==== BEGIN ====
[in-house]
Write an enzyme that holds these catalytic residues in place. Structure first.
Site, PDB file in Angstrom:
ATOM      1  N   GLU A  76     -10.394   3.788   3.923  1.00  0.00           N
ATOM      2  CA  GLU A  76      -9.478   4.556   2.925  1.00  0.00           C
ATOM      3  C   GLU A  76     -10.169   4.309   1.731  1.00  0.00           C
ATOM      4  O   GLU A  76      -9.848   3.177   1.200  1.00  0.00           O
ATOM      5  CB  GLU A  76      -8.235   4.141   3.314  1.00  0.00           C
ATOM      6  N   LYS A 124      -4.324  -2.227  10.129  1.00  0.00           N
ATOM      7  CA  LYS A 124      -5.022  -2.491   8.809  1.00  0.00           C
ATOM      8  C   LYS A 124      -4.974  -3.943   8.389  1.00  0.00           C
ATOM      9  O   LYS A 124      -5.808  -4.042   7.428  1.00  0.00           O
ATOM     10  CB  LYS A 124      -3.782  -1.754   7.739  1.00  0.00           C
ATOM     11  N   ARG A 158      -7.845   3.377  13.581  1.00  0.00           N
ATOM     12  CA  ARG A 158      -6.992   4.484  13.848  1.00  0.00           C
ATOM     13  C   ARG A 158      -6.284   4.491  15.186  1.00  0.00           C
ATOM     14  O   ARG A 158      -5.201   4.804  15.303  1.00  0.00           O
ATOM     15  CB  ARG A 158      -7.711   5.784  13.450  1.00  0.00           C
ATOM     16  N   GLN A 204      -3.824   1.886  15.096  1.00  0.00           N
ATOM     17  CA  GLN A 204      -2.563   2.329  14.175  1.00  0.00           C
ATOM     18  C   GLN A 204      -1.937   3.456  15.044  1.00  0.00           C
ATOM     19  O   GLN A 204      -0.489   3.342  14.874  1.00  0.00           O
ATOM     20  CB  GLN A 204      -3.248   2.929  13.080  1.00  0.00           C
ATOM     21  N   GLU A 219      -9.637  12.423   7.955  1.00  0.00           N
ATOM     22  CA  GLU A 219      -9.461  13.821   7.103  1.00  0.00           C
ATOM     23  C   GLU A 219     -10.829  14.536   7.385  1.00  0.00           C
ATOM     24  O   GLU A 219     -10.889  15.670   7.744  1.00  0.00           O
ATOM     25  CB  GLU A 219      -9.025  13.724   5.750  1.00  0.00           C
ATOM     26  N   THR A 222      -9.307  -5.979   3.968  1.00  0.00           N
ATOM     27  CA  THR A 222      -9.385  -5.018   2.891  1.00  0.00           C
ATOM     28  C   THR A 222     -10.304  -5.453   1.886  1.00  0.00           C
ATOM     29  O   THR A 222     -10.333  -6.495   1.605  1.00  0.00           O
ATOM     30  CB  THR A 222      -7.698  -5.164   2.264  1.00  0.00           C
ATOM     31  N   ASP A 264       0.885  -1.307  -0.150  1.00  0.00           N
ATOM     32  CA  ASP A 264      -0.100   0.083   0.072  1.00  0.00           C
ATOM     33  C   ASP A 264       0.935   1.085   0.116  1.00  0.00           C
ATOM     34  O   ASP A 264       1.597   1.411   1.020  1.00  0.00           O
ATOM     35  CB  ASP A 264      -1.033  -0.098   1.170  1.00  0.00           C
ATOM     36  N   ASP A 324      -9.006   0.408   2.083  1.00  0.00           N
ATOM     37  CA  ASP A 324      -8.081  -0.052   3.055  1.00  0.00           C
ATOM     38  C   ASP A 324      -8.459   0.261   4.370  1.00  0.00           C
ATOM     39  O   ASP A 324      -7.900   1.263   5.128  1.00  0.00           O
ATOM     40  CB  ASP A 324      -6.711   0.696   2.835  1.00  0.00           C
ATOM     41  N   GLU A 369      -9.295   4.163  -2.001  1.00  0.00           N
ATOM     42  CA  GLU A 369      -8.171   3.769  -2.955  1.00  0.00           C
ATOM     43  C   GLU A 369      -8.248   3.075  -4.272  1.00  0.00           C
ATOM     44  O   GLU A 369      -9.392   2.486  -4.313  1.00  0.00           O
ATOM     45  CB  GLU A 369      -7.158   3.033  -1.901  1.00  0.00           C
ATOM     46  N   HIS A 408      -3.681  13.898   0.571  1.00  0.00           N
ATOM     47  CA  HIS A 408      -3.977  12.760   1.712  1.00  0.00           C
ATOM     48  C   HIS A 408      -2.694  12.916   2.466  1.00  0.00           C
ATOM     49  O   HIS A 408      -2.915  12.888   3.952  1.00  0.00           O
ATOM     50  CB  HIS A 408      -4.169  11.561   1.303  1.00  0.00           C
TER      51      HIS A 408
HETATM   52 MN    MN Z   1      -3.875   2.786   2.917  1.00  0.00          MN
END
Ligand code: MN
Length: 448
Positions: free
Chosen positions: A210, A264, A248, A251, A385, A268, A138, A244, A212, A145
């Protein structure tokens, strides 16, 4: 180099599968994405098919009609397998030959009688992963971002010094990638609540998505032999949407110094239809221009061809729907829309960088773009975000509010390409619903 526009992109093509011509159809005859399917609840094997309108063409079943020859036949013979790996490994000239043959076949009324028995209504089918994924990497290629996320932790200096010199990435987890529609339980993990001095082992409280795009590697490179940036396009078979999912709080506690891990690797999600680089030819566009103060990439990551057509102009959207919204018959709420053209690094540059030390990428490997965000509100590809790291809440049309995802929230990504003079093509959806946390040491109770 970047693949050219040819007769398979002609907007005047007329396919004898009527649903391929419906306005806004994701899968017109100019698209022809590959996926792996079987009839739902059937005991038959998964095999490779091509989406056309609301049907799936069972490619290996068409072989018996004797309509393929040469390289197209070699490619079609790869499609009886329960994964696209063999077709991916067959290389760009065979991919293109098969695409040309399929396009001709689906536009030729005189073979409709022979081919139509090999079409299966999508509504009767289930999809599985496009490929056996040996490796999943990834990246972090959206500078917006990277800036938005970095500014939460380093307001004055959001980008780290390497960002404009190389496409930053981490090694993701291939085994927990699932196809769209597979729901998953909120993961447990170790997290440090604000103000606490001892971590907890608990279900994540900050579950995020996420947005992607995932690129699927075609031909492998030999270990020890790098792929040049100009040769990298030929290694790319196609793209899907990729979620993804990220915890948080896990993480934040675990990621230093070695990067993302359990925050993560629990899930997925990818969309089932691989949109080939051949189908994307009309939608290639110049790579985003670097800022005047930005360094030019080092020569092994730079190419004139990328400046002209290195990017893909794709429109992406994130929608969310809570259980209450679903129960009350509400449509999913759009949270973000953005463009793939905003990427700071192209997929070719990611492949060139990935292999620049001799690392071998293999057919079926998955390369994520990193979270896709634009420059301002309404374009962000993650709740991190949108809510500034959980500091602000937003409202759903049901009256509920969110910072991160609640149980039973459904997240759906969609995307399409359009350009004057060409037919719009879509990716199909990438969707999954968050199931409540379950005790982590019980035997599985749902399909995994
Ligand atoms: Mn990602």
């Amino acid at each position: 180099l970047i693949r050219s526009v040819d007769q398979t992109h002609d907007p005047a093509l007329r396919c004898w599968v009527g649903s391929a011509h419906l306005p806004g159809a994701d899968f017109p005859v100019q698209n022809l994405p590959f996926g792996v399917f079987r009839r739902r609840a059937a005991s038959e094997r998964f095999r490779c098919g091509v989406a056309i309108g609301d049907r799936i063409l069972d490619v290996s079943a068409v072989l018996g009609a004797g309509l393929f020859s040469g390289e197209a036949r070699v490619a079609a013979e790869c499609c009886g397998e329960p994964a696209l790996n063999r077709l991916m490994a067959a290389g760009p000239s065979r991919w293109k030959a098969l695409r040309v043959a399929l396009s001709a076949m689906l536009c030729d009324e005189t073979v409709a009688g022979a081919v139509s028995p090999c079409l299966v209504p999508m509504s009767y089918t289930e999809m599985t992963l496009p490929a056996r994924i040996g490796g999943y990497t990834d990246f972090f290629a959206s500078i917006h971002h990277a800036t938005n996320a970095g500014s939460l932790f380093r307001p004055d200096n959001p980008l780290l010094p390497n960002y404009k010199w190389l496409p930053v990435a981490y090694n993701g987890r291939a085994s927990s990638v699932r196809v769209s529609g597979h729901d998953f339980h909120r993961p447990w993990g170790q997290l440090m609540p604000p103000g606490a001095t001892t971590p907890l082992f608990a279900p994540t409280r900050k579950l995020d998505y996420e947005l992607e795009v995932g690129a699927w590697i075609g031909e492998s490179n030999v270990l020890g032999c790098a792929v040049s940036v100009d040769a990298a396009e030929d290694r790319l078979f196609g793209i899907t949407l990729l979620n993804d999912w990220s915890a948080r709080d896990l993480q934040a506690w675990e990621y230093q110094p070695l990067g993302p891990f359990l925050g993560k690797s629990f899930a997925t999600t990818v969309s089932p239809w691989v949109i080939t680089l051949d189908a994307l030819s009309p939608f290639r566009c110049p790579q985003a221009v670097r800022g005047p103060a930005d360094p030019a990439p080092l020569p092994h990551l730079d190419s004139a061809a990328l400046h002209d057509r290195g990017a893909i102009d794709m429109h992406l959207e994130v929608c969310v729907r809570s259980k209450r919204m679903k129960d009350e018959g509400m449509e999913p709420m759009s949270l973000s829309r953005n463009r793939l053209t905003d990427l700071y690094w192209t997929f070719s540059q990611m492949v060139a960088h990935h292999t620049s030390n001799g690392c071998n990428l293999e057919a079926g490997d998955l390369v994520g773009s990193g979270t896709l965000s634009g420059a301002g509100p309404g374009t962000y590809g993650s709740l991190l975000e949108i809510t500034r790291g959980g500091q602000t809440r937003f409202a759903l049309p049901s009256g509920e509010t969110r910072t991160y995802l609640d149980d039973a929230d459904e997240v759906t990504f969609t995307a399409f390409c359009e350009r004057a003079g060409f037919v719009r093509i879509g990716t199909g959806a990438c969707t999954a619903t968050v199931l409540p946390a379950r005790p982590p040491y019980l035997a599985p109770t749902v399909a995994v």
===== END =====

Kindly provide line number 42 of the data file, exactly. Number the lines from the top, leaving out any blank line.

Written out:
ATOM     39  O   ASP A 324      -7.900   1.263   5.128  1.00  0.00           O